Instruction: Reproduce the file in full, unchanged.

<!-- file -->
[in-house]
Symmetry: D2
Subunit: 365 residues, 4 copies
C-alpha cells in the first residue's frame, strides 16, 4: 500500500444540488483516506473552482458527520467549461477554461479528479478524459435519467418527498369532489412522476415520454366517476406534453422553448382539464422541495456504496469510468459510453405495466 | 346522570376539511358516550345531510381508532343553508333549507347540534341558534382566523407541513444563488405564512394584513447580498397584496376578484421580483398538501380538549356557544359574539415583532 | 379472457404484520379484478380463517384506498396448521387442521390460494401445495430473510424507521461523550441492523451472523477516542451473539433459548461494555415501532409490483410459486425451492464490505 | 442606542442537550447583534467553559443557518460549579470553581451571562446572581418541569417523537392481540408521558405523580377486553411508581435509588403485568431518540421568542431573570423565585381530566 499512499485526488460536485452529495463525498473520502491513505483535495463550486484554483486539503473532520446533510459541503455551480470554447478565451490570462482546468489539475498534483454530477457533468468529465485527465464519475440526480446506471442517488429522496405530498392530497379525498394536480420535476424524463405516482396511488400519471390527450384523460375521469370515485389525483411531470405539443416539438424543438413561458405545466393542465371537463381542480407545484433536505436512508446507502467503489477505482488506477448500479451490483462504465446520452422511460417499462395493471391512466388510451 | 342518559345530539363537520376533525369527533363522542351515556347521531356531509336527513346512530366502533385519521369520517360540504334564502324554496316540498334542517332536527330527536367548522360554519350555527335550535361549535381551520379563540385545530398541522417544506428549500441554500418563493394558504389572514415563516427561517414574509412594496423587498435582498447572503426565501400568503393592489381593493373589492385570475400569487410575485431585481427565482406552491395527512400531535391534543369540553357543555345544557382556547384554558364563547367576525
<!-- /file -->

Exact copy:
[in-house]
Symmetry: D2
Subunit: 365 residues, 4 copies
C-alpha cells in the first residue's frame, strides 16, 4: 500500500444540488483516506473552482458527520467549461477554461479528479478524459435519467418527498369532489412522476415520454366517476406534453422553448382539464422541495456504496469510468459510453405495466 | 346522570376539511358516550345531510381508532343553508333549507347540534341558534382566523407541513444563488405564512394584513447580498397584496376578484421580483398538501380538549356557544359574539415583532 | 379472457404484520379484478380463517384506498396448521387442521390460494401445495430473510424507521461523550441492523451472523477516542451473539433459548461494555415501532409490483410459486425451492464490505 | 442606542442537550447583534467553559443557518460549579470553581451571562446572581418541569417523537392481540408521558405523580377486553411508581435509588403485568431518540421568542431573570423565585381530566 499512499485526488460536485452529495463525498473520502491513505483535495463550486484554483486539503473532520446533510459541503455551480470554447478565451490570462482546468489539475498534483454530477457533468468529465485527465464519475440526480446506471442517488429522496405530498392530497379525498394536480420535476424524463405516482396511488400519471390527450384523460375521469370515485389525483411531470405539443416539438424543438413561458405545466393542465371537463381542480407545484433536505436512508446507502467503489477505482488506477448500479451490483462504465446520452422511460417499462395493471391512466388510451 | 342518559345530539363537520376533525369527533363522542351515556347521531356531509336527513346512530366502533385519521369520517360540504334564502324554496316540498334542517332536527330527536367548522360554519350555527335550535361549535381551520379563540385545530398541522417544506428549500441554500418563493394558504389572514415563516427561517414574509412594496423587498435582498447572503426565501400568503393592489381593493373589492385570475400569487410575485431585481427565482406552491395527512400531535391534543369540553357543555345544557382556547384554558364563547367576525